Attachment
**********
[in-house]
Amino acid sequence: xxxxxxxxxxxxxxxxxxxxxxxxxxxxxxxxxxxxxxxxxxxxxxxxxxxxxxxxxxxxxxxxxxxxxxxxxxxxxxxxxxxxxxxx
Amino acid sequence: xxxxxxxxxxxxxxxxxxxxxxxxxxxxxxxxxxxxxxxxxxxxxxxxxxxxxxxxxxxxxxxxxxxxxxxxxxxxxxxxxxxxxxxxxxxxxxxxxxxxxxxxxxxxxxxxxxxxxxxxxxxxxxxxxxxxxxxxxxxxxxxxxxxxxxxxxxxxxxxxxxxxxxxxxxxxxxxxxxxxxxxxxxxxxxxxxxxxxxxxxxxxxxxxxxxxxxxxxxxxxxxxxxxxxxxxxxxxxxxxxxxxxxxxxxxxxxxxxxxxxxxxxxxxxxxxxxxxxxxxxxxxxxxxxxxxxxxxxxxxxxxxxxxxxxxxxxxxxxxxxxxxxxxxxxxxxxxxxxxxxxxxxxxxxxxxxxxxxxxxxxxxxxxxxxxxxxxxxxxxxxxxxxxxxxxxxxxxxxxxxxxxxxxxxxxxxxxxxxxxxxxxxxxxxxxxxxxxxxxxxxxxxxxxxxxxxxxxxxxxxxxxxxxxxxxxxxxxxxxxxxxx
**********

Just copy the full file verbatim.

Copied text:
[in-house]
Amino acid sequence: xxxxxxxxxxxxxxxxxxxxxxxxxxxxxxxxxxxxxxxxxxxxxxxxxxxxxxxxxxxxxxxxxxxxxxxxxxxxxxxxxxxxxxxx
Amino acid sequence: xxxxxxxxxxxxxxxxxxxxxxxxxxxxxxxxxxxxxxxxxxxxxxxxxxxxxxxxxxxxxxxxxxxxxxxxxxxxxxxxxxxxxxxxxxxxxxxxxxxxxxxxxxxxxxxxxxxxxxxxxxxxxxxxxxxxxxxxxxxxxxxxxxxxxxxxxxxxxxxxxxxxxxxxxxxxxxxxxxxxxxxxxxxxxxxxxxxxxxxxxxxxxxxxxxxxxxxxxxxxxxxxxxxxxxxxxxxxxxxxxxxxxxxxxxxxxxxxxxxxxxxxxxxxxxxxxxxxxxxxxxxxxxxxxxxxxxxxxxxxxxxxxxxxxxxxxxxxxxxxxxxxxxxxxxxxxxxxxxxxxxxxxxxxxxxxxxxxxxxxxxxxxxxxxxxxxxxxxxxxxxxxxxxxxxxxxxxxxxxxxxxxxxxxxxxxxxxxxxxxxxxxxxxxxxxxxxxxxxxxxxxxxxxxxxxxxxxxxxxxxxxxxxxxxxxxxxxxxxxxxxxx